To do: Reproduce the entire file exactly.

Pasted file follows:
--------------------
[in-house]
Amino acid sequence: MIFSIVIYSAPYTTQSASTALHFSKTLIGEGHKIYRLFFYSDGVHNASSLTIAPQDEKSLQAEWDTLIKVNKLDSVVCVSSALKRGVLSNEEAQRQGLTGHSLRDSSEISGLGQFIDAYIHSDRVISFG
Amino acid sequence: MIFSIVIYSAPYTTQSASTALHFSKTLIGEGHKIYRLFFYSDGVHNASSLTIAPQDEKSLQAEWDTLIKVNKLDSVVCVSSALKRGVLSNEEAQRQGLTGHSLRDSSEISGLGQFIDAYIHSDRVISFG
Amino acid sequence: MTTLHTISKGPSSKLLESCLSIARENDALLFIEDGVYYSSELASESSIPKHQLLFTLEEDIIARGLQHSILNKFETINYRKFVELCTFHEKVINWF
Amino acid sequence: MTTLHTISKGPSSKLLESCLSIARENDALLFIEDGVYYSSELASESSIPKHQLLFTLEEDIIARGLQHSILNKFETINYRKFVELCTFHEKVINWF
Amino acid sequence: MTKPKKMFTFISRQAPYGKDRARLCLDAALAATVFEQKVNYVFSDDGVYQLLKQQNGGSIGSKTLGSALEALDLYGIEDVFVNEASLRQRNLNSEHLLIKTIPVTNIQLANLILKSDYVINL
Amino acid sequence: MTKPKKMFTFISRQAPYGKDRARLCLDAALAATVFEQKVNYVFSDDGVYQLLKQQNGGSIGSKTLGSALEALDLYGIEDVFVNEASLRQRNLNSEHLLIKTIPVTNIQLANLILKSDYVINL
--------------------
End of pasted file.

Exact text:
[in-house]
Amino acid sequence: MIFSIVIYSAPYTTQSASTALHFSKTLIGEGHKIYRLFFYSDGVHNASSLTIAPQDEKSLQAEWDTLIKVNKLDSVVCVSSALKRGVLSNEEAQRQGLTGHSLRDSSEISGLGQFIDAYIHSDRVISFG
Amino acid sequence: MIFSIVIYSAPYTTQSASTALHFSKTLIGEGHKIYRLFFYSDGVHNASSLTIAPQDEKSLQAEWDTLIKVNKLDSVVCVSSALKRGVLSNEEAQRQGLTGHSLRDSSEISGLGQFIDAYIHSDRVISFG
Amino acid sequence: MTTLHTISKGPSSKLLESCLSIARENDALLFIEDGVYYSSELASESSIPKHQLLFTLEEDIIARGLQHSILNKFETINYRKFVELCTFHEKVINWF
Amino acid sequence: MTTLHTISKGPSSKLLESCLSIARENDALLFIEDGVYYSSELASESSIPKHQLLFTLEEDIIARGLQHSILNKFETINYRKFVELCTFHEKVINWF
Amino acid sequence: MTKPKKMFTFISRQAPYGKDRARLCLDAALAATVFEQKVNYVFSDDGVYQLLKQQNGGSIGSKTLGSALEALDLYGIEDVFVNEASLRQRNLNSEHLLIKTIPVTNIQLANLILKSDYVINL
Amino acid sequence: MTKPKKMFTFISRQAPYGKDRARLCLDAALAATVFEQKVNYVFSDDGVYQLLKQQNGGSIGSKTLGSALEALDLYGIEDVFVNEASLRQRNLNSEHLLIKTIPVTNIQLANLILKSDYVINL